Bitcoin futures just became a reality on Wall Street, but Sweden has been offering derivatives on the cryptocurrency for years. That gentrification has driven bitcoin trading in Scandinavia’s biggest economy to alarming levels, according to an online brokerage that facilitates the transactions.
“The euphoria is about to get totally out of hand,” said Claes Hemberg, who works as a savings adviser at Avanza AB. The firm provides a digital platform for Swedes to trade everything from shares in some of the biggest Nordic companies to more exotic products such as bitcoin exchange-traded notes.
Avanza estimates that about 30,000 Swedes have become bitcoin converts after investing via XBT Provider’s Bitcoin trackers, which are traded on Nasdaq Nordic. That’s a 50-fold increase from a year ago. In total, Swedes have invested 2.2 billion kronor ($260 million) in bitcoin, with trading on some days even supplanting household names like Hennes & Mauritz AB and Volvo AB.
Opening the door to bitcoin derivatives, as Sweden did in 2015, changed everything.
“In the past 3-4 years, you were only able to speculate in bitcoin if you were a bit of a geek, as a certain degree of digital competence was needed,” Hemberg said by phone. “But today, you can trade using your fund account.”
Like many other places, Sweden has seen investor demand for bitcoin explode in recent weeks, as the cryptocurrency moves closer to the mainstream of financial markets. At Avanza, a key worry is that its 15,000 clients speculating in bitcoin aren’t spreading their risk adequately, given the extreme volatility in pricing.
At XBT Provider by CoinShares, a Stockholm-based platform that enables trade in bitcoin and notes based on the cryptocurrency, Managing Director Laurent Kssis says “the last 30 days have been exceptional.” Trading records have been repeatedly broken “as the mainstream interest in bitcoin has been increasing.” Ryan Radloff, a principal at CoinShares, says he thinks “the next evolution of finance is just beginning and the recent rally in price reflects this.” What’s more, he expects prices to continue rising because there’s “a large number of investors” racing to get a piece of “this scarce asset.”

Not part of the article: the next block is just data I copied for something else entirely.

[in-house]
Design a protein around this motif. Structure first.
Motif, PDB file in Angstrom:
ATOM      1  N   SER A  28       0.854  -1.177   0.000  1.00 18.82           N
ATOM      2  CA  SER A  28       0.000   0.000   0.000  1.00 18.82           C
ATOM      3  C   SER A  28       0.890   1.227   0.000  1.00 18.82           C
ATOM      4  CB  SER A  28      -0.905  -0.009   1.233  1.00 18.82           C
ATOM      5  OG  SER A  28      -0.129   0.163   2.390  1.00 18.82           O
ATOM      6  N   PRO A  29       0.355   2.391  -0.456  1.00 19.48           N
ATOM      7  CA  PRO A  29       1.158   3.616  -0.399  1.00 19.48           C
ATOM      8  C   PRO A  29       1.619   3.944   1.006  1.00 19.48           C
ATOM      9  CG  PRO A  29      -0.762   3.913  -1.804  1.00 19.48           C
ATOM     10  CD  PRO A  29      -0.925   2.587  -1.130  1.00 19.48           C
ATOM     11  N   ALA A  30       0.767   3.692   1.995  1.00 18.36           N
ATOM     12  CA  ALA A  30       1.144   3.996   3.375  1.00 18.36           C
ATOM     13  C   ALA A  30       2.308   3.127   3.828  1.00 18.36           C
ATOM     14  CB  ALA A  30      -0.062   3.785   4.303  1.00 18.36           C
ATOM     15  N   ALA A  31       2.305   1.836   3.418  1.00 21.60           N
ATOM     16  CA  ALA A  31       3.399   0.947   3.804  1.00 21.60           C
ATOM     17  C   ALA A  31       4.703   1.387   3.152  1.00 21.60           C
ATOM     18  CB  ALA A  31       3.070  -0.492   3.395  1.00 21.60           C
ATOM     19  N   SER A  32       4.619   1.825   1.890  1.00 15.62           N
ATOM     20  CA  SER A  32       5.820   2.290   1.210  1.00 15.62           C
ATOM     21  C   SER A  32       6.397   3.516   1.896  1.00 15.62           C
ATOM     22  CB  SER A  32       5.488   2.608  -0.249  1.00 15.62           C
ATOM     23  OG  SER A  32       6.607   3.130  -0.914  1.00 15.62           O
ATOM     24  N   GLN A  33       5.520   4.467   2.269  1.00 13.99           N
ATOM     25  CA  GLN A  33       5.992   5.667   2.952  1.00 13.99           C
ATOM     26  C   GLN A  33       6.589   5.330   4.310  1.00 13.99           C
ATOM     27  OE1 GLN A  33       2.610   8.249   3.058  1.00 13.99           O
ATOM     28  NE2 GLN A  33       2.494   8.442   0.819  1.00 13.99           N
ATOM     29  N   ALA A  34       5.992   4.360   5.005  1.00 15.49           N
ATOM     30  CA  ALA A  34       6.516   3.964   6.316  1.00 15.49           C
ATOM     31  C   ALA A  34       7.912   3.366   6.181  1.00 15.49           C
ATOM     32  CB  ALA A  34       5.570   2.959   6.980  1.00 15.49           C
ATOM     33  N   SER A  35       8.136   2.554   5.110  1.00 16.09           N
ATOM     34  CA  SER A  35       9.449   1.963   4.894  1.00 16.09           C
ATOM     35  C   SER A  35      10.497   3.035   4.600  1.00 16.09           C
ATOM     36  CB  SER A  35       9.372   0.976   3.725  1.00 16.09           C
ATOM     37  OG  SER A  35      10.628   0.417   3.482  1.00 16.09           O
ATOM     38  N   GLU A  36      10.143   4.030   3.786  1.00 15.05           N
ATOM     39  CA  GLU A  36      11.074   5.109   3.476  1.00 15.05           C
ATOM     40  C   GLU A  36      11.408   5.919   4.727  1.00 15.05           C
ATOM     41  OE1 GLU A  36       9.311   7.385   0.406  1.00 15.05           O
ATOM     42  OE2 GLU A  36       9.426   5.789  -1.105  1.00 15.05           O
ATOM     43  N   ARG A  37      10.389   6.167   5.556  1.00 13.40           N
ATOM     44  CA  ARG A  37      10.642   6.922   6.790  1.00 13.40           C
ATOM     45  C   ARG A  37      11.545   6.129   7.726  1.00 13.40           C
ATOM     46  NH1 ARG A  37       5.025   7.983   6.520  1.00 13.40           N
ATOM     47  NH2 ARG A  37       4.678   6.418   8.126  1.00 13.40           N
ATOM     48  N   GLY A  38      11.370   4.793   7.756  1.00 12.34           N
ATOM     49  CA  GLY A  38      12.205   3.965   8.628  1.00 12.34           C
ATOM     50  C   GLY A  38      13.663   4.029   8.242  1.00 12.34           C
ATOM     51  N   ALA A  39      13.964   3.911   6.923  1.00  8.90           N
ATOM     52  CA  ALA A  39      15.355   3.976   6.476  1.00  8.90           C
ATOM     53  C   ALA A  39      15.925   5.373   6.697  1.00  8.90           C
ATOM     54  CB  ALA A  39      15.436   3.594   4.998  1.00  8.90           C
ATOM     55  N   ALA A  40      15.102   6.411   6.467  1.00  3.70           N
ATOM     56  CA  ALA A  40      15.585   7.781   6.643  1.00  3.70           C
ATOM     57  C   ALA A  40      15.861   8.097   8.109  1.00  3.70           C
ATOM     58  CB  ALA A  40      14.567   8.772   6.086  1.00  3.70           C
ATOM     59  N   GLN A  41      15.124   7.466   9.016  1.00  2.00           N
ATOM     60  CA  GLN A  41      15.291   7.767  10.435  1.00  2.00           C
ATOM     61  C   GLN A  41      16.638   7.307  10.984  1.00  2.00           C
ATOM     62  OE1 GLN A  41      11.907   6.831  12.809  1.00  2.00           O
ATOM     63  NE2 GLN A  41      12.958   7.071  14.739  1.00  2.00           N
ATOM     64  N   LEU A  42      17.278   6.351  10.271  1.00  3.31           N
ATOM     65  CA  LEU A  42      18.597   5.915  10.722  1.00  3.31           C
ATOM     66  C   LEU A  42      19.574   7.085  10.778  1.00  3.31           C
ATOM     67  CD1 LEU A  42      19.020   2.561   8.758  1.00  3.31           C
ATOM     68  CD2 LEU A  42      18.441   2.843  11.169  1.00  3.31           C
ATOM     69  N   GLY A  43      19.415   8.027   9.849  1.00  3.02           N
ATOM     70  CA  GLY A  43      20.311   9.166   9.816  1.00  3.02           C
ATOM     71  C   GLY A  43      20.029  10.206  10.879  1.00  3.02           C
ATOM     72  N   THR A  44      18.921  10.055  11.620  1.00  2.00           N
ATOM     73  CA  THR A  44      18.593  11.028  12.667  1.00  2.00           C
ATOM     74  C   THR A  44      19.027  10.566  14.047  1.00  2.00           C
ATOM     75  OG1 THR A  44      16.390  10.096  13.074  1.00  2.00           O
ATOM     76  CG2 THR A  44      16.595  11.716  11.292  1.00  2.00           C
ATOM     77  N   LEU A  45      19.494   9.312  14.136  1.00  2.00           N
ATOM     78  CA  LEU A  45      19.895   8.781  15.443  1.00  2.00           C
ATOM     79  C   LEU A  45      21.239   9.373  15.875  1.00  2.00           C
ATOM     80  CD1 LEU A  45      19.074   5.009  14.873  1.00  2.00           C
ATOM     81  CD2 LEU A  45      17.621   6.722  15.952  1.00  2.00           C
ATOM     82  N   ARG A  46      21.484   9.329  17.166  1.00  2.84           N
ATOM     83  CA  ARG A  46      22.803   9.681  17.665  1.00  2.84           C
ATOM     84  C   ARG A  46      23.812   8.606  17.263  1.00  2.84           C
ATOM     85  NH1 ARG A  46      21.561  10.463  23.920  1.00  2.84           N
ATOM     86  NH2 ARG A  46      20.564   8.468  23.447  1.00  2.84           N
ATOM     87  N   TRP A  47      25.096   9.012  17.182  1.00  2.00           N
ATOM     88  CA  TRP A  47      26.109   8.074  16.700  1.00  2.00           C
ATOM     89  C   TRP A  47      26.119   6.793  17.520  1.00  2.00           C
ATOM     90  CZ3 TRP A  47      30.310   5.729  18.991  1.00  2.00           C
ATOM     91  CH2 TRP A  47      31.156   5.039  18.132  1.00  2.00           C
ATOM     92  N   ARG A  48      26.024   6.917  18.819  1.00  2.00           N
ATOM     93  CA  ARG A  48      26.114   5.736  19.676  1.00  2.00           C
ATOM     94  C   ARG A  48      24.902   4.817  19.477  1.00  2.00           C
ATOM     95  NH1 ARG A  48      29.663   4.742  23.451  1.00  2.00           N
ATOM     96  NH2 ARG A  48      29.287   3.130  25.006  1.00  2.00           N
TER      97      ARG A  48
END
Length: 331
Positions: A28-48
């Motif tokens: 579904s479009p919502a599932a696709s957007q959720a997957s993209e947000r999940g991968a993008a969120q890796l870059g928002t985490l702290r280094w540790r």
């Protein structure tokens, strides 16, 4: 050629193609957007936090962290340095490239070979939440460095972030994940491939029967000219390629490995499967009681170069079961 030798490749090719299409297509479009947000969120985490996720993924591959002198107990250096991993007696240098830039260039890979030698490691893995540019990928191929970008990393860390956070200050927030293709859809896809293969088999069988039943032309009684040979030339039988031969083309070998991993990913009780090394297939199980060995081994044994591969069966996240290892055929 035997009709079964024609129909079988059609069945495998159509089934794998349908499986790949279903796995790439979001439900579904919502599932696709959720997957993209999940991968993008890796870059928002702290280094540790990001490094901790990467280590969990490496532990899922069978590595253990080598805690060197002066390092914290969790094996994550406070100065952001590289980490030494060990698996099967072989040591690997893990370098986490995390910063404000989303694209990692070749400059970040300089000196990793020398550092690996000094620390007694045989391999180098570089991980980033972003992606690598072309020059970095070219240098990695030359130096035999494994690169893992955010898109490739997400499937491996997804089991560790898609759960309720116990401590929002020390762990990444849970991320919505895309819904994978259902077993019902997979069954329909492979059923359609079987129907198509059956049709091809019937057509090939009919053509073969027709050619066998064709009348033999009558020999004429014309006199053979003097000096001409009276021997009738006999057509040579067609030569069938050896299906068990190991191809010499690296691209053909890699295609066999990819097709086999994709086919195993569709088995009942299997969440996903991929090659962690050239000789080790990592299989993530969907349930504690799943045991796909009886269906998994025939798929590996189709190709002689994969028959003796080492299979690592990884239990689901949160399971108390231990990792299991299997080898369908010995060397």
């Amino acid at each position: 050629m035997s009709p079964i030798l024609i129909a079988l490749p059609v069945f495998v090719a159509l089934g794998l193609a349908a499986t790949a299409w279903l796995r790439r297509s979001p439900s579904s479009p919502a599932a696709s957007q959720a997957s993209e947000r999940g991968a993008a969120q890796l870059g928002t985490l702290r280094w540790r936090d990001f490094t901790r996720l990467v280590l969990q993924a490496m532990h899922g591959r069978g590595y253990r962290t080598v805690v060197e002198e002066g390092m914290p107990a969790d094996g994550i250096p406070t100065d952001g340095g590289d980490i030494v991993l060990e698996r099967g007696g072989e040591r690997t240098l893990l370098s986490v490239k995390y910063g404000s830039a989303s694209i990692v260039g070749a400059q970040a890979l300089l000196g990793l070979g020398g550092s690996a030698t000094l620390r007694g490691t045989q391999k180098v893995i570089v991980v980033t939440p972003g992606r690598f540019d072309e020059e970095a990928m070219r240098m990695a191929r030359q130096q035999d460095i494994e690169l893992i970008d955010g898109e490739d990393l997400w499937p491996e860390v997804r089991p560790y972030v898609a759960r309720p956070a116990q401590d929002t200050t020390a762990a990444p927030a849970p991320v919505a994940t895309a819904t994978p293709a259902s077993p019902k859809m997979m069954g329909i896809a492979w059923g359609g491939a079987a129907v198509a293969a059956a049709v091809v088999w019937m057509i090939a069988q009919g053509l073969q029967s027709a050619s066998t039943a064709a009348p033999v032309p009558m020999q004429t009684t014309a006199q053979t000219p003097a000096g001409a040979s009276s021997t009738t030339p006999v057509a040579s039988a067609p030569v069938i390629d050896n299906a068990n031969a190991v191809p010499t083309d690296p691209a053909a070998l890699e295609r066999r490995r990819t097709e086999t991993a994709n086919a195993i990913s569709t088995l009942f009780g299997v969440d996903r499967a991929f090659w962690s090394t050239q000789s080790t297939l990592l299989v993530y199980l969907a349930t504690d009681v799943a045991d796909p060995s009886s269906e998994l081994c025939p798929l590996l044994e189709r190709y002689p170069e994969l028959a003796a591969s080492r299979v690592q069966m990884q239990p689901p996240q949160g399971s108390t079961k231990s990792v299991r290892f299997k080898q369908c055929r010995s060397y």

Eric Balchunas, an ETF analyst at Bloomberg Intelligence, says what’s going on in Sweden “shows two things. It shows the incredible demand to trade bitcoins in an ETN, exchange-traded note. The second thing it does, is it shows why the ETF structure rules.”
He also says “there’s no way this is all money from Sweden.”
The average Avanza customer has 82,000 kronor of bitcoin, which on its own doesn’t threaten an individual’s financial health, Hemberg says. But every sixth bitcoin owner holds nothing else, and that’s a risk. He draws parallels to trading in biometric-sensor maker Fingerprint Cards AB, which soared more than 1,500 percent in 2015 but has slumped almost 90 percent since then.
“It’s a bit like being part of a sect, where everyone believes in the same instrument and where no one is saying ’no,”’ Hemberg said. “They’re trading 23 times more in bitcoin than in H&M shares today and I’m getting despondent. As a savings adviser, I want people to save, not speculate.”
Total turnover in the Bitcoin Tracker One exchange-traded note was 2.73 billion kronor in November, up from about 177 million kronor in January, according to data from Nasdaq. It has surged further in December, with the average daily turnover at 504 million kronor compared with 124 million in November.
Hemberg says the craze is “absolutely” a bubble. That’s because bitcoin’s price doesn’t reflect the limited application, with only 17 stores in Stockholm actually accepting it as payment.
“I refuse to call this a currency,” Hemberg said. “That would make it sound serious, and it’s not, it’s just an instrument. You could just as well have people shopping with peanuts.”